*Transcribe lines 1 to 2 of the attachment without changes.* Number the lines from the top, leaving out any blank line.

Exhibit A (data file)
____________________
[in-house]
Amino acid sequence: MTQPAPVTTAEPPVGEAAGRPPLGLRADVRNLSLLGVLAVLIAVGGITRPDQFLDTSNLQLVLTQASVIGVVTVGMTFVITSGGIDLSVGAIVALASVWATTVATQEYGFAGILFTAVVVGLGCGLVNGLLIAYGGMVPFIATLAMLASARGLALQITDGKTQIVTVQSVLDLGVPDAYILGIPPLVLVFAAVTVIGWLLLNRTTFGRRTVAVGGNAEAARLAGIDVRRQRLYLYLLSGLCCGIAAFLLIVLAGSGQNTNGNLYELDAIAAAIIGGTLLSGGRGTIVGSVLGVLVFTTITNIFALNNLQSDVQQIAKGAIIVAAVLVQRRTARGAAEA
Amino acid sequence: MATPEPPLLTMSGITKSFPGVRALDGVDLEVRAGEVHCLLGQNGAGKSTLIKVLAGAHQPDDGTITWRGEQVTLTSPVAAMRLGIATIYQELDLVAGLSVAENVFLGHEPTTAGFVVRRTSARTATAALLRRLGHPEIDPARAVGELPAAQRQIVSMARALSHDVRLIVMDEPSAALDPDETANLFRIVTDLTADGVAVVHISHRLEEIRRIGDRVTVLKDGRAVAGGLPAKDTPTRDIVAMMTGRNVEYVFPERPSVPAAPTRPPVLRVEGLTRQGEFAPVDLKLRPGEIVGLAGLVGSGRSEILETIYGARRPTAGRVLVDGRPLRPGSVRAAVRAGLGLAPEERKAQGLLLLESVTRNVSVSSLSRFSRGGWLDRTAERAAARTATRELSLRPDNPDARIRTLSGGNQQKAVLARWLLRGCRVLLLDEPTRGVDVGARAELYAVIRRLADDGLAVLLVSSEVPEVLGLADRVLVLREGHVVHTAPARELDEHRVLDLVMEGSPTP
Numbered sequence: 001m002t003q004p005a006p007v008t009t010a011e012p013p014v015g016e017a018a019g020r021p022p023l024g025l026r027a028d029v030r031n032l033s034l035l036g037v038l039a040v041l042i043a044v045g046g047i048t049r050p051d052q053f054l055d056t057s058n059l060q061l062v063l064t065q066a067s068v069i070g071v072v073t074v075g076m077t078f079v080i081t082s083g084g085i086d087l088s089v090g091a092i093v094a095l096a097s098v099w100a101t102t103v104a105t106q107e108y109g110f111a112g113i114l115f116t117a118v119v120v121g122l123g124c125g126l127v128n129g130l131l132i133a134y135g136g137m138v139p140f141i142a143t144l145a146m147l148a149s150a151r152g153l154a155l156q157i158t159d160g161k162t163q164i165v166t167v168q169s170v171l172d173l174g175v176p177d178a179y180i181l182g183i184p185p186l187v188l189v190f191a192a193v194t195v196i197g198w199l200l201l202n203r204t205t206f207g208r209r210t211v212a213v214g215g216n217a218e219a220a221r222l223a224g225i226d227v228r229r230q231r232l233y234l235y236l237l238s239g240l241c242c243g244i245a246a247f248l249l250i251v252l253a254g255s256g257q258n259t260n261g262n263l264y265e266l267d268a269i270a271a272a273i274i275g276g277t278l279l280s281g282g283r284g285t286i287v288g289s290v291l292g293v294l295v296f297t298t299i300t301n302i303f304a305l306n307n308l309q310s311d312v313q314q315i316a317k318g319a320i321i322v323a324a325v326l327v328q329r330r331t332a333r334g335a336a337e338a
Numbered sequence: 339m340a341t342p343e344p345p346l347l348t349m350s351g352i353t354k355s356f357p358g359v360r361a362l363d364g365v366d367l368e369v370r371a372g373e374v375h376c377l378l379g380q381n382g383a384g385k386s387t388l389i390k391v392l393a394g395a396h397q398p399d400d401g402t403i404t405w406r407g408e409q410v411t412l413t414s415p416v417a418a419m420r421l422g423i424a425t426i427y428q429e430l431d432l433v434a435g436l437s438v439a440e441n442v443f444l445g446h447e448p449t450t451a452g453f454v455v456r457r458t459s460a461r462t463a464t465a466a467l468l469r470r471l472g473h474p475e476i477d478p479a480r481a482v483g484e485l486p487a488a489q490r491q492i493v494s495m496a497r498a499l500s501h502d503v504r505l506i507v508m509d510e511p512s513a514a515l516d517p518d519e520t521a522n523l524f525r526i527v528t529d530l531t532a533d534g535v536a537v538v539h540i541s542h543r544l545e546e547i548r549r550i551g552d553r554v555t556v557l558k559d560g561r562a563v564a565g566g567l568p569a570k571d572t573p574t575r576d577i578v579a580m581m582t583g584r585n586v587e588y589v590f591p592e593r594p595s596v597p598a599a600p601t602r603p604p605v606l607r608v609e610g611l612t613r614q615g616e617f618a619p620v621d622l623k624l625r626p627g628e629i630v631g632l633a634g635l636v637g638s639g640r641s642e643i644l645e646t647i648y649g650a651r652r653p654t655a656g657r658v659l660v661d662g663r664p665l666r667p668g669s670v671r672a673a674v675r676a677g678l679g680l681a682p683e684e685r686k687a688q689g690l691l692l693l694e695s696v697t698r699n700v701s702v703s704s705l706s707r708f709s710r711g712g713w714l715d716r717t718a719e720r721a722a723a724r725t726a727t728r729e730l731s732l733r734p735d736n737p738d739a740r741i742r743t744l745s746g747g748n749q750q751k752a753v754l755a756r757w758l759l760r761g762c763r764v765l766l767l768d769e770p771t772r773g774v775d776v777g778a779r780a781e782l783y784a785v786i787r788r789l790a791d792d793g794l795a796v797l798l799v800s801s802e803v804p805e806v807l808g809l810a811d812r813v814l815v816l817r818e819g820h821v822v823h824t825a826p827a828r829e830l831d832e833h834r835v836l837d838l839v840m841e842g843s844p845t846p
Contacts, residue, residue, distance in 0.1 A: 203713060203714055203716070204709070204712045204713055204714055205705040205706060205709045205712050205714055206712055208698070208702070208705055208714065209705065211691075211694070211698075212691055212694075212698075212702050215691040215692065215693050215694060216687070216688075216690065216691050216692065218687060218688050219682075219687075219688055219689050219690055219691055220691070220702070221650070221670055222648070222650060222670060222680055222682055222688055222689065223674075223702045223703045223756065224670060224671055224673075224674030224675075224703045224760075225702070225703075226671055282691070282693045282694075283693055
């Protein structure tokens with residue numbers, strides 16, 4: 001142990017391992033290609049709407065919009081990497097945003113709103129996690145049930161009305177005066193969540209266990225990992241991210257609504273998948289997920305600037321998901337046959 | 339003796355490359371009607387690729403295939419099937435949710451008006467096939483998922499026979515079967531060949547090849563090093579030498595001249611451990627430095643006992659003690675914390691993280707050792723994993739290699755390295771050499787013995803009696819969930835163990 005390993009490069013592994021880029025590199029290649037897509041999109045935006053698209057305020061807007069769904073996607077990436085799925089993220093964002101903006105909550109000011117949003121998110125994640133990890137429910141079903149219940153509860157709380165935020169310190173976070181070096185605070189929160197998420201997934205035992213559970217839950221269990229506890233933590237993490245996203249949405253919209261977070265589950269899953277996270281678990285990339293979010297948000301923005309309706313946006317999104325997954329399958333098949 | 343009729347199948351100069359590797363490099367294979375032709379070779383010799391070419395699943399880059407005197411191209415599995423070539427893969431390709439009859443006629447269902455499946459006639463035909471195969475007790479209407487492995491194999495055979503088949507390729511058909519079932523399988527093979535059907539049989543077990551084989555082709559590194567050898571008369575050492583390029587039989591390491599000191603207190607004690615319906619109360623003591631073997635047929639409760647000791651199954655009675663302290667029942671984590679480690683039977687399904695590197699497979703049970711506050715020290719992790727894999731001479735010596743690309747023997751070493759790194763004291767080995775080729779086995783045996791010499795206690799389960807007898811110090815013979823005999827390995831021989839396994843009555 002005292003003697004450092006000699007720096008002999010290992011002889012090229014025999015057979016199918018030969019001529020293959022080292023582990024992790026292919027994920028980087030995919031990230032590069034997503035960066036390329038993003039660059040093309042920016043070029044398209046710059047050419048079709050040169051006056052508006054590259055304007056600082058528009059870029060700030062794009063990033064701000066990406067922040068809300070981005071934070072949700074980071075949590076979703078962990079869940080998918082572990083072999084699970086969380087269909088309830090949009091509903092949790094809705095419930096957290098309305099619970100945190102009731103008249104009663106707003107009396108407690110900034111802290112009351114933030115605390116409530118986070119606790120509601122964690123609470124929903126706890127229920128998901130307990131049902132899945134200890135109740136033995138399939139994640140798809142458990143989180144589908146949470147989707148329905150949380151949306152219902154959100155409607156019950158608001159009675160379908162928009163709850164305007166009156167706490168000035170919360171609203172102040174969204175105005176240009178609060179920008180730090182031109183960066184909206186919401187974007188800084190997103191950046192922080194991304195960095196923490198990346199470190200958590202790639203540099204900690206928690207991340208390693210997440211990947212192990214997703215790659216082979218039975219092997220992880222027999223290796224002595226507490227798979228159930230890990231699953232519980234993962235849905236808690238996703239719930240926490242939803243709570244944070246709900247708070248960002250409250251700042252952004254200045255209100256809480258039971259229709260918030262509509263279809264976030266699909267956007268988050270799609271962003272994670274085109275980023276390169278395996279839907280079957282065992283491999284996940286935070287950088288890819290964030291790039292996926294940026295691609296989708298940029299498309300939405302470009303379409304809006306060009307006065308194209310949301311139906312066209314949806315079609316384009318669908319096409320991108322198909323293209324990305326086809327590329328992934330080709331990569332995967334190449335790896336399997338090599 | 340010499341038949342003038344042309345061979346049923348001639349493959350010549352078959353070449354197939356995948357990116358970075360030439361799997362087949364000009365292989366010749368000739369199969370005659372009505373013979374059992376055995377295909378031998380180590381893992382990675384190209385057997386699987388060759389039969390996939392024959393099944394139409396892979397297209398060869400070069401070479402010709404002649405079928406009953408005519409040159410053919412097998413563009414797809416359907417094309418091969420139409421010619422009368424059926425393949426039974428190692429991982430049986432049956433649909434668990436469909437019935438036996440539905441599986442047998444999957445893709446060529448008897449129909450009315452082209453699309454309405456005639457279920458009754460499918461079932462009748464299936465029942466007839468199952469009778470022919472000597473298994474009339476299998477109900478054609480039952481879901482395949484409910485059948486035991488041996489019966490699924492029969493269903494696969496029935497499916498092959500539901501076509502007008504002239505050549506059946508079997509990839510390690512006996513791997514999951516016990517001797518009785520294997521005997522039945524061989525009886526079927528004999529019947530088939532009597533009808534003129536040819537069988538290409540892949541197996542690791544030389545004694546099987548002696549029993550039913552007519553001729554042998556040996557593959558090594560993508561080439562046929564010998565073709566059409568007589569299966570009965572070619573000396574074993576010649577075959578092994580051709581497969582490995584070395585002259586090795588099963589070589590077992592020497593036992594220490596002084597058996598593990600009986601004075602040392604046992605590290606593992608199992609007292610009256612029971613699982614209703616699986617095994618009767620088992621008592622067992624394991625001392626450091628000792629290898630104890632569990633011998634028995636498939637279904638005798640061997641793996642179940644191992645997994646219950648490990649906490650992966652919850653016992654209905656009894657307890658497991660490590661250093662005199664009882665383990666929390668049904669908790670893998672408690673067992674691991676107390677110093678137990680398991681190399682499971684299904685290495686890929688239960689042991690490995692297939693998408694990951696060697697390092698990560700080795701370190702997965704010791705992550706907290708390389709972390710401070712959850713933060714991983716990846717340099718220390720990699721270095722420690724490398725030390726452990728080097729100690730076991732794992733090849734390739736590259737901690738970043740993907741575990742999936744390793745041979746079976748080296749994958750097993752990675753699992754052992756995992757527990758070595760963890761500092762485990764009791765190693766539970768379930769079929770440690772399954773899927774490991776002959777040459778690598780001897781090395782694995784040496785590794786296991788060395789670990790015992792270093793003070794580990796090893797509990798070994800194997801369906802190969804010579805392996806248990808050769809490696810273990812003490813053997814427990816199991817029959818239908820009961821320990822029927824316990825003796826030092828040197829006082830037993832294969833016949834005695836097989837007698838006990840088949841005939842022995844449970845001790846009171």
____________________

[in-house]
Amino acid sequence: MTQPAPVTTAEPPVGEAAGRPPLGLRADVRNLSLLGVLAVLIAVGGITRPDQFLDTSNLQLVLTQASVIGVVTVGMTFVITSGGIDLSVGAIVALASVWATTVATQEYGFAGILFTAVVVGLGCGLVNGLLIAYGGMVPFIATLAMLASARGLALQITDGKTQIVTVQSVLDLGVPDAYILGIPPLVLVFAAVTVIGWLLLNRTTFGRRTVAVGGNAEAARLAGIDVRRQRLYLYLLSGLCCGIAAFLLIVLAGSGQNTNGNLYELDAIAAAIIGGTLLSGGRGTIVGSVLGVLVFTTITNIFALNNLQSDVQQIAKGAIIVAAVLVQRRTARGAAEA